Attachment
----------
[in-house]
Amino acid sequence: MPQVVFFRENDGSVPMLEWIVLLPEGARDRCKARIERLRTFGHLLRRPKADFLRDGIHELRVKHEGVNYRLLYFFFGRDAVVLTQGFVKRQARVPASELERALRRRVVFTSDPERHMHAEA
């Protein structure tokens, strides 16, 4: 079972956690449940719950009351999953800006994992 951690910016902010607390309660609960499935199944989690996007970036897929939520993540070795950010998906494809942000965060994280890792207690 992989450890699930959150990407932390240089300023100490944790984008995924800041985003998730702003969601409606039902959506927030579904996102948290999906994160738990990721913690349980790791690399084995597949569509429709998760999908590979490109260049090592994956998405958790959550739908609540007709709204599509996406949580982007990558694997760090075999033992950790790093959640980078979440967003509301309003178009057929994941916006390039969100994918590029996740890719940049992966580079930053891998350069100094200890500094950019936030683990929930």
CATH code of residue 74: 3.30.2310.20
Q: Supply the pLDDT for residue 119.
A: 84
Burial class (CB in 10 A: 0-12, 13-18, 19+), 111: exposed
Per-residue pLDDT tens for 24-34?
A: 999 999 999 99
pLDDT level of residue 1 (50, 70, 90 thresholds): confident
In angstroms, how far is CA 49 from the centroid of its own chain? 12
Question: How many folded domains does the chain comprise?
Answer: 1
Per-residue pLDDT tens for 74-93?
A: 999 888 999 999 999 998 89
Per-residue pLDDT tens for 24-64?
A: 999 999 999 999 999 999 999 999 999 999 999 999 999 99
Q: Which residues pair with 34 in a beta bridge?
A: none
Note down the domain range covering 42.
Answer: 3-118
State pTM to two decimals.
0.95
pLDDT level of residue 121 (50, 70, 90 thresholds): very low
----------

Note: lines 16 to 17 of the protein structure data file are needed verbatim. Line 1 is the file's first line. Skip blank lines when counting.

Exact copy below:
Per-residue pLDDT tens for 24-64?
A: 999 999 999 999 999 999 999 999 999 999 999 999 999 99